Boiled Goat Heads and Green Pineapples: Hospitality at its finest.

Middle Eastern food is often served on a communal platter, from which everyone helps themselves with their right hands.

The South of India in mid-winter, balmy and green alongside the warm Indian ocean whose waves bathed our tired bodies and eased our emotions.   The headlines on the front page of the newspaper reported a blizzard in Chicago leaving 3 feet of snow, and we relished our tropical surroundings even more while munching a freshly picked papaya for breakfast.

Only weeks before my friend and I literally had to escape the political unrest in Iran as the revolution was imminent and we lost our teaching posts.  The winter dampness chilled us to the bone as we boarded the first available bus before sunrise to make our escape. In trying to reflect on the good times in Iran, I could not deny the wonderful culture of hospitality so characteristic throughout much of the Near East.  I had experienced it many times in students’ homes over a meal with their families.  One special meal stands out in my memory because it was so important to the students that I experience this part of their culture.

Kale Pache: Probably best not to ask.

Kale Pache: Probably best not to ask.

These were all college aged young men and I was invited to spend the night with them at a professor’s home because he was going to make for us this special breakfast meal called “kalepache”.  Now the young men were adamant that I not be told what this meal entailed nor should anybody translate the name for me.  Of course this piqued my curiosity and expectations as sporadic references were made about the breakfast throughout the evening.  The poor professor had to cook this breakfast meal all night, and it would be best for us to go to sleep early because the food would be ready early in the morning.

Morning arrived and the excitement was not unlike a Christmas morning in the West.  The tablecloth was spread over rugs on the floor and we all took our places.  Flatbreads were passed around and drinks poured before the grand entrance of the professor carrying a large deep platter on which 2 boiled goats heads are swimming in a savory broth of limes and onions!  I was aghast and wondered what I had gotten myself into.

Quickly I roused my manners and asked for an explanation of this astounding feast.  They offered me an eyeball for which I politely declined, and asked instead for some cheek meat along with much delicious broth and bread.  My host and fellow diners were so pleased that I had partaken in this special meal with them.  In retrospect my hope would have been that as the revolution and anti-American sentiment grew, this group of young men would remember our shared meal and realize that the American people and their government are two separate entities often not sharing the same ideology or goals, and that the peoples of each country shared the same preoccupation of just wanting to live their lives without interference or trouble.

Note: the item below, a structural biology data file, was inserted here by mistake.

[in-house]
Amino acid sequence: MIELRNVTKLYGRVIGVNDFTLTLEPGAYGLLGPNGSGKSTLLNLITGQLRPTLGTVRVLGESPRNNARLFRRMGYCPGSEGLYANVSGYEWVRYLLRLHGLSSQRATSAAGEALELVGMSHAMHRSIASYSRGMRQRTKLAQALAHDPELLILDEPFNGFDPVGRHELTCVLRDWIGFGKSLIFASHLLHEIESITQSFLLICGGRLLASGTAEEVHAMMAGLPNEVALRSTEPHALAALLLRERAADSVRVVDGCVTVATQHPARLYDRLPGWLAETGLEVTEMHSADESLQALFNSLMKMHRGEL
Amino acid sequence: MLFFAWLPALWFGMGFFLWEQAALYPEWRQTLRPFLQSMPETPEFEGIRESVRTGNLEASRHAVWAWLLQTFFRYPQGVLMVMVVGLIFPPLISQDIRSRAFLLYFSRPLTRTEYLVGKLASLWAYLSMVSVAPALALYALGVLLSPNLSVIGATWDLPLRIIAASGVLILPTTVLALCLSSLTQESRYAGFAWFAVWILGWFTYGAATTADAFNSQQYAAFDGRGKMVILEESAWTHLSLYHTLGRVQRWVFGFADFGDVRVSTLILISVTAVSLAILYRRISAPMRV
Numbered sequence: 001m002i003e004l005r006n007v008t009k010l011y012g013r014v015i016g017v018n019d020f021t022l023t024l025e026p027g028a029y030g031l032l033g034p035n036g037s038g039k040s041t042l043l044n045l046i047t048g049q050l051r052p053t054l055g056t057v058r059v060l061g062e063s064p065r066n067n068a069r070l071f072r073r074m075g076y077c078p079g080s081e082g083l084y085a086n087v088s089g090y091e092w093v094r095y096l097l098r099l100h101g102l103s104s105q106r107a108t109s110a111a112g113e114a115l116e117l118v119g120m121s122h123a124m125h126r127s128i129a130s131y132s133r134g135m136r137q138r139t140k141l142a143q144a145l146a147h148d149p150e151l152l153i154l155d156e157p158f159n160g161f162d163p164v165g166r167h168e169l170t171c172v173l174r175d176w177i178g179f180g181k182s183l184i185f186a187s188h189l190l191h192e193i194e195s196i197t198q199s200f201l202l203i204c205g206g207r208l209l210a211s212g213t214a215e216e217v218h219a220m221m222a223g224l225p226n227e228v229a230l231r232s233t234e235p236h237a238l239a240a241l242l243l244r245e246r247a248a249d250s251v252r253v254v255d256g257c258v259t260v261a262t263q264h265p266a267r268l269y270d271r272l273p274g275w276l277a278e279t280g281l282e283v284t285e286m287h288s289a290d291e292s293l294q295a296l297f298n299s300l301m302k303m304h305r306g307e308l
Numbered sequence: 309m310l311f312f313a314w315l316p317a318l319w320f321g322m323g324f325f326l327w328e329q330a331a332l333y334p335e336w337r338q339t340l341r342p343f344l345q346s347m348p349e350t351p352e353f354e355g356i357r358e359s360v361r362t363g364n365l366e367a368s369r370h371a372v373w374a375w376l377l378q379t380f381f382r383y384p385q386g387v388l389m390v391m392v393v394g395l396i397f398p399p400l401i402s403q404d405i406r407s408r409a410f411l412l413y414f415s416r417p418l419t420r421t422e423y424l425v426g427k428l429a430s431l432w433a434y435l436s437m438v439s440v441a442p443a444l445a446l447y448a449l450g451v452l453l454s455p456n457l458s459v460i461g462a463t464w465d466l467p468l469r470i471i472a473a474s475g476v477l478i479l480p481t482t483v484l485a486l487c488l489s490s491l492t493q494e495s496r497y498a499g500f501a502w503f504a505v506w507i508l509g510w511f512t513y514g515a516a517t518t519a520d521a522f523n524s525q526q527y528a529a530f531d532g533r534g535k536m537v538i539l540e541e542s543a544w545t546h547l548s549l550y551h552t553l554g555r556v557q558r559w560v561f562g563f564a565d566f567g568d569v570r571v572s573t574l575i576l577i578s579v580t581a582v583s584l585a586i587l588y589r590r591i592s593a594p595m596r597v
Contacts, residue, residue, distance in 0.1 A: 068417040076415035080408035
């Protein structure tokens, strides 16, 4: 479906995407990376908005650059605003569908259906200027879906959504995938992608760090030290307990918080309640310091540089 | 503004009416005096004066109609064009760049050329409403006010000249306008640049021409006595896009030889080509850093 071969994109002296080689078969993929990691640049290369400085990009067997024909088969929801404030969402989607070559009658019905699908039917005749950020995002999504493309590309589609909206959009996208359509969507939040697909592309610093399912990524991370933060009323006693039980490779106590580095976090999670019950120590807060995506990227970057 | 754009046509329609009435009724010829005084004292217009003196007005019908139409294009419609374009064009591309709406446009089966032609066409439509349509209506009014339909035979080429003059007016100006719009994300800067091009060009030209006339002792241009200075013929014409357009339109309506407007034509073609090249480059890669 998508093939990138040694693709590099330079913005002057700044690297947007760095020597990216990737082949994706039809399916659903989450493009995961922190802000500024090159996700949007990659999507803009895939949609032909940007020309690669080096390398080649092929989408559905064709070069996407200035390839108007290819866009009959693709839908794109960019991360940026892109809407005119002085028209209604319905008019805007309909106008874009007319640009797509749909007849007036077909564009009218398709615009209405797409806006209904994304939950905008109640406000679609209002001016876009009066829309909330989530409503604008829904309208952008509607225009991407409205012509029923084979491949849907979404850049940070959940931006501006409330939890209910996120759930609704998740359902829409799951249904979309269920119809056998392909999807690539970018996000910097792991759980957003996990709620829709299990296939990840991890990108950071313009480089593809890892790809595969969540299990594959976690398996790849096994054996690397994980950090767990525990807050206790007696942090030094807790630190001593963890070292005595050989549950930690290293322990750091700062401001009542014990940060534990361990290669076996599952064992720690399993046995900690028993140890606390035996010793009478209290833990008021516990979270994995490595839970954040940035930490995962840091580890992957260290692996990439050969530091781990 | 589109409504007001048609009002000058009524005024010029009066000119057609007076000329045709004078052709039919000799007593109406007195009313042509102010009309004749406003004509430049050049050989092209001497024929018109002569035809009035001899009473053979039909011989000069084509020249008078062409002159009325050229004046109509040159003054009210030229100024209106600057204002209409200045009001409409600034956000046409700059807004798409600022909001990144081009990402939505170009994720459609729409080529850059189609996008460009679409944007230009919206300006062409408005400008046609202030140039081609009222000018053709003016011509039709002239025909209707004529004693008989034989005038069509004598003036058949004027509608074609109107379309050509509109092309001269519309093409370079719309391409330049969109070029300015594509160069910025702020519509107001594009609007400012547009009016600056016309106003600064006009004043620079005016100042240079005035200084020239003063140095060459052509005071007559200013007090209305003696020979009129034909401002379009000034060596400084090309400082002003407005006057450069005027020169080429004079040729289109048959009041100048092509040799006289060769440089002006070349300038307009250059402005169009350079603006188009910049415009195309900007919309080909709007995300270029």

Middle Eastern food is often served on a communal platter, from which everyone helps themselves with their right hands.

Middle Eastern food is often served on a communal platter, from which everyone helps themselves with their right hands.

Reaching India we were greeted by smiling faces and brightly clothed people as much interested in us as we were in them.  This new land did not feel heavy with the oppression that came with political unrest.  We relaxed and let our guard down beginning to feel comfortable enough to mingle and enjoy all that life had to offer in this strange and exotic land.

We got a rail pass and took the train south to Trivandrum in Kerala.  Kovalam Beach became our home for a week and we made several treks to neighboring areas of interest.  On one such trek we found ourselves in the middle of a pineapple plantation.  We were probably trespassing, but were greeted by a dark young man in a sarong who was motioning for us to come and join him in a small hut.  We were reluctant since we couldn’t be sure of his intentions, especially when wielding a large machete and neither of us knew the other’s language.

Since there were two of us and only one of him we decided to go to his hut.

He motioned for us to sit, and proceeded to go out into the field and cut what appeared to be a green pineapple.  He brought it back, cut it open, and offered a piece to each of us.  It tasted sweeter than any pineapple I had had back home.  We nodded our satisfaction and the young man smiled from ear to ear.  When finished we motioned for the young man to stand out in the field so we could take a picture of him.  We thanked him as best we could and headed back to the hotel.

Such a small act of hospitality can get beyond barriers of communication and more.

Reflection by: Tim Thomas, Chef. Photos by: Cath S. 


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